Later, when you find time to travel, get an Airstream and roll.

Mike
Mike has given you solid advice. Buy one cheap, use it, sell it and get most of your money back, and then get you a Stream to travel with.
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Old 01-30-2013, 02:02 PM   #6
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Lor', Mike's suggestion might be best for you. For less money, you can get a larger trailer than an Airstream. A recent used model one would be even better. So long as you are not traveling, it won't get that much wear and should be in good shape (if the 2 year old boy doesn't go at it) if you want to sell it after you move into the house.

My experience with home construction is that every project takes longer, sometimes much longer, than you think. It tends to cost more too. Some towns and counties only allow you a year to live in an RV before you move into the house. If you have a lot of experience with home construction, you can do it in a year to 18 months, but if you don't, it could take a lot longer.

Airstreams don't have a lot of storage, but 5th wheels do. Airstreams aren't that good for winter living, but I think Huntington Beach is in S. Cal., so you would be ok there. Airstreams look cool, but QC is a problem in recent years. A vintage one can be had cheaply, but you'll be spending time and money fixing it unless you buy a remodeled, updated one and then you'll spend a lot more up front. If you're building a house, you don't need to fix an RV. You'll need power, water and sewer right away or you'll probably get in trouble with local building codes fairly quickly.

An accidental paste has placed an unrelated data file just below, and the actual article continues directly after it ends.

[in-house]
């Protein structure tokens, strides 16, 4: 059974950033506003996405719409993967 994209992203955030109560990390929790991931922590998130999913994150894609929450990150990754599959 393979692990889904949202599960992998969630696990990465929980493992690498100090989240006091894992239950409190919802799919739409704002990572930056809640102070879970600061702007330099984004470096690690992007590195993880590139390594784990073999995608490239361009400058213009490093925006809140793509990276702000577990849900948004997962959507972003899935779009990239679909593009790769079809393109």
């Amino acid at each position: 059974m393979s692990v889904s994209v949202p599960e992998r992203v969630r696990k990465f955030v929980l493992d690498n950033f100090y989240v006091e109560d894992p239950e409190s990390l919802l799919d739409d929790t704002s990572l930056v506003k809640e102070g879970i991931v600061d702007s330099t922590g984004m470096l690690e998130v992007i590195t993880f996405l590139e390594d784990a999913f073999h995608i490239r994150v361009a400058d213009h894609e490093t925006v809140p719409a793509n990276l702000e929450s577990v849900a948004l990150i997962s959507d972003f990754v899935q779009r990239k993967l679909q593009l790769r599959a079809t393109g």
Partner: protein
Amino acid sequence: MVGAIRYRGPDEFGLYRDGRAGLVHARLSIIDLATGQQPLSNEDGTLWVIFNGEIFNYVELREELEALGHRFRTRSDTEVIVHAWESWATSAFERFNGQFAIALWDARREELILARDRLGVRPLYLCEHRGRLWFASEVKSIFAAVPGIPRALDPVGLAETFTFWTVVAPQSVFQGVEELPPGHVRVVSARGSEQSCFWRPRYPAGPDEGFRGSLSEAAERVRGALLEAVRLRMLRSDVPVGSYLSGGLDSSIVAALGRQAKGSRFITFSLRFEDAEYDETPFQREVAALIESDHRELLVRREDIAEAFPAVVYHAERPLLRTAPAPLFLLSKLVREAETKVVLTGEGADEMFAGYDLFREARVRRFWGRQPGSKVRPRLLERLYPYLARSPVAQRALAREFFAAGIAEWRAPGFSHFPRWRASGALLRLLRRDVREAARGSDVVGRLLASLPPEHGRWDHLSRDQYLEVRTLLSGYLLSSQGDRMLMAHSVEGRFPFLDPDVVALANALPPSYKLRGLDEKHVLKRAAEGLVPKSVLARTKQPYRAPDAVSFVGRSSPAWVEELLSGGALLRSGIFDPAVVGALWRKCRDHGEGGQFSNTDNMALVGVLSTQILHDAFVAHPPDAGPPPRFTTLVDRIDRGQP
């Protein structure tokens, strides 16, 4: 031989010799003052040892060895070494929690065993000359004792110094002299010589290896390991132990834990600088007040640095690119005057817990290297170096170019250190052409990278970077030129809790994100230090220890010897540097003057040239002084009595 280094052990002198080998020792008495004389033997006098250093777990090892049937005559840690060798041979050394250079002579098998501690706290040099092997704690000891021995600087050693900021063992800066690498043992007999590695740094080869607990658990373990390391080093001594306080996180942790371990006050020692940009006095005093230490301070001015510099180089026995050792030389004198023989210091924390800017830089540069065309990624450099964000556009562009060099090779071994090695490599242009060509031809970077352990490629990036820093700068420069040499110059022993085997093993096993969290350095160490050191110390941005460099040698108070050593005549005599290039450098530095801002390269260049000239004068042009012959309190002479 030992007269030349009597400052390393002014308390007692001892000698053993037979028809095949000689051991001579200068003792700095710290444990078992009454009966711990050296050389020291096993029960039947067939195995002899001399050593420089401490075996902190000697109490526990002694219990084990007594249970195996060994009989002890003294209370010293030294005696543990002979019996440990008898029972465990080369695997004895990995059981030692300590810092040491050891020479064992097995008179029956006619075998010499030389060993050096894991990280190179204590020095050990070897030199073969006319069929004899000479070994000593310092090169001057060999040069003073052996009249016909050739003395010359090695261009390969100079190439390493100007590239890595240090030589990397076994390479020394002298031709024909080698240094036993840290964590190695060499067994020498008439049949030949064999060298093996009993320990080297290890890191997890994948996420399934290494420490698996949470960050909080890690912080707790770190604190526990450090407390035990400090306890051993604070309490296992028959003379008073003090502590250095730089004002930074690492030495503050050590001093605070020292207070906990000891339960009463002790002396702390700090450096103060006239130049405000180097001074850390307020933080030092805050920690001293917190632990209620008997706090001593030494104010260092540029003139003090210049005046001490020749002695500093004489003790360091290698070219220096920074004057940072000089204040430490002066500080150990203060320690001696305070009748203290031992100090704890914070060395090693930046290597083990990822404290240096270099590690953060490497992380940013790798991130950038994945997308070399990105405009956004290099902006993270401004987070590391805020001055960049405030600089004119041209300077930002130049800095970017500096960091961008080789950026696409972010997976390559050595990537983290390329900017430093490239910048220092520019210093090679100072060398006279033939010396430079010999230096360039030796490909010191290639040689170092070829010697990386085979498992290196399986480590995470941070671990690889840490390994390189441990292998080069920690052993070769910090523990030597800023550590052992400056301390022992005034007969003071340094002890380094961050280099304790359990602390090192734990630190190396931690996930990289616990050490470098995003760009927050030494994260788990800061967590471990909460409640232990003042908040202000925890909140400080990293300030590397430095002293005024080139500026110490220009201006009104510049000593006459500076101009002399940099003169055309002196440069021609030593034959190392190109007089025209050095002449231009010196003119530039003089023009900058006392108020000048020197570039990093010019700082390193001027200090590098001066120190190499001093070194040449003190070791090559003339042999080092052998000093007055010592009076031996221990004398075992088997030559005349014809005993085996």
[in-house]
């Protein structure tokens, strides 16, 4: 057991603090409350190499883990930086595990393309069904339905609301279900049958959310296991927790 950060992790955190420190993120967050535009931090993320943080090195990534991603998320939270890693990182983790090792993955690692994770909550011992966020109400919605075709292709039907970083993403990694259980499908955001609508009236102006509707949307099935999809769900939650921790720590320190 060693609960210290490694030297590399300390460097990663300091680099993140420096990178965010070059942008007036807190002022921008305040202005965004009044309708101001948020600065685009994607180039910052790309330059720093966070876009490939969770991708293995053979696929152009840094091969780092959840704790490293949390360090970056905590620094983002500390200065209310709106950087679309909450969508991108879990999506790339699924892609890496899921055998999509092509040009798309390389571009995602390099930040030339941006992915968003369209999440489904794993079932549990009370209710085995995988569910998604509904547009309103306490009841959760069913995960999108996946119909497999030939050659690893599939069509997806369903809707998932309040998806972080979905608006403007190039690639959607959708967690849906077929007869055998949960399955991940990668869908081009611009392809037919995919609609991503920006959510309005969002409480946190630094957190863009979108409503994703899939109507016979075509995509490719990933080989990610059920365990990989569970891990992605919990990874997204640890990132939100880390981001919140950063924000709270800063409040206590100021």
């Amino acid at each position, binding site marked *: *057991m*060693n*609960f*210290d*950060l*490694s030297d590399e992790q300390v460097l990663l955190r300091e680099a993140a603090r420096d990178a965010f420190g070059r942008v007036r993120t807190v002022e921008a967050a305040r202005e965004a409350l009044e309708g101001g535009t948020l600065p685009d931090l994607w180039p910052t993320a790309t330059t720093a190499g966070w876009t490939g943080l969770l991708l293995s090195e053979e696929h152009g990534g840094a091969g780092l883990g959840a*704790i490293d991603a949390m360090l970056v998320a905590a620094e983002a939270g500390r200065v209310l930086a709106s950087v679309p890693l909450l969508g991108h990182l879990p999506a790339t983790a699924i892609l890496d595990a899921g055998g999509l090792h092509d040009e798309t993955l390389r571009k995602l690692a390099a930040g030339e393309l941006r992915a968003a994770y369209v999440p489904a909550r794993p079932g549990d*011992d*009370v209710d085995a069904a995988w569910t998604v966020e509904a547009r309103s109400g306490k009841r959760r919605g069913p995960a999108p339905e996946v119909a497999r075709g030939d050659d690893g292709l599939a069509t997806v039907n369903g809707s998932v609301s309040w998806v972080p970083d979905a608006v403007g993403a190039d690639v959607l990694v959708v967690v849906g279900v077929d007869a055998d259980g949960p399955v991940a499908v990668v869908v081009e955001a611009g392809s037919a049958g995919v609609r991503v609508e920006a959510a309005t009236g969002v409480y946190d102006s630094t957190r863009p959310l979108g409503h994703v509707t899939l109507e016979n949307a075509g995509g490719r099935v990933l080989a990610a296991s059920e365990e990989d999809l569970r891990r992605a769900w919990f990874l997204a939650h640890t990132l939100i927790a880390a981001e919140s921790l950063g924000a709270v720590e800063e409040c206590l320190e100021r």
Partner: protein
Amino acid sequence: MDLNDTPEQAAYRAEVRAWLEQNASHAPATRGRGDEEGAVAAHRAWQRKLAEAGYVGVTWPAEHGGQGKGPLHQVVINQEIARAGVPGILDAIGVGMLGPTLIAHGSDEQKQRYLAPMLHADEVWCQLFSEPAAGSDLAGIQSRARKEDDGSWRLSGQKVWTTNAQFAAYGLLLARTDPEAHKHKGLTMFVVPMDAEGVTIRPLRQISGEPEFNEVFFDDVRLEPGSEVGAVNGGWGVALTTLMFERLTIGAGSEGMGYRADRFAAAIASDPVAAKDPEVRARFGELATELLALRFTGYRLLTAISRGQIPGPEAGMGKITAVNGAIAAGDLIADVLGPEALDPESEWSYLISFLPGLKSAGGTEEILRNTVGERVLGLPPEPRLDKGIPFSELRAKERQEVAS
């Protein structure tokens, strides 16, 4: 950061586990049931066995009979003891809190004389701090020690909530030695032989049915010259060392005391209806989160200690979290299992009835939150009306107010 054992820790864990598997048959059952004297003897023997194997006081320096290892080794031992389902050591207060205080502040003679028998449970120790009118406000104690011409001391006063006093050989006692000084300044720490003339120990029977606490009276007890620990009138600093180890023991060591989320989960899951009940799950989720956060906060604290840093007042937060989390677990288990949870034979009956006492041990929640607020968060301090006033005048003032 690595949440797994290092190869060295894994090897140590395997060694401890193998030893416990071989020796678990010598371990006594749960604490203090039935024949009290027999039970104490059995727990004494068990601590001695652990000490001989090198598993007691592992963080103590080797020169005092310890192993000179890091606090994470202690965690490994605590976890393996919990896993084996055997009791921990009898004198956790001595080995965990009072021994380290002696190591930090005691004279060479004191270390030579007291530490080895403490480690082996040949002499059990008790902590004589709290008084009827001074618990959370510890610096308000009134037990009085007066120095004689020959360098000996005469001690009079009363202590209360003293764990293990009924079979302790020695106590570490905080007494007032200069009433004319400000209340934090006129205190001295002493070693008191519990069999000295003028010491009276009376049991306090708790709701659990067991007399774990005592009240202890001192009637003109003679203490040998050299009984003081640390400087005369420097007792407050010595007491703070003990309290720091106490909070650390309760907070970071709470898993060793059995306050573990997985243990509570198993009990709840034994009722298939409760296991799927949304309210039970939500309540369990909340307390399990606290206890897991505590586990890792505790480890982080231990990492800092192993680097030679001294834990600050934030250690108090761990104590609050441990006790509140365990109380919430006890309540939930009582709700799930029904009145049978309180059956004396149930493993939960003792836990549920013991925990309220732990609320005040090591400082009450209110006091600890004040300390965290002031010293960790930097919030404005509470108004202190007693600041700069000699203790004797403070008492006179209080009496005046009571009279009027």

Just food for thought—how about a yurt?

Gene
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Old 01-30-2013, 02:09 PM   #7
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Thanks for all the great advice everyone. We do want to travel a fair bit, but for the moment it's out of our system

(My wife is Welsh, I'm from SoCal, lived in England for 7 years and got see quite a bit of the world from there already- Spain, France, Germany, Austria, Netherlands, Sweden, Scotland, Wales, Ireland, Greece, etc which as an American was a blast and a real eye opener for me!)

But now that's we've (just) settled back in CA we will likely do some domestic traveling in the next year or two.

For now, we need to build a house! ;-)
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Old 01-30-2013, 03:32 PM   #8
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Be sure to check out local laws regarding living in a trailer on your property while you build. Some places allow it and some don't.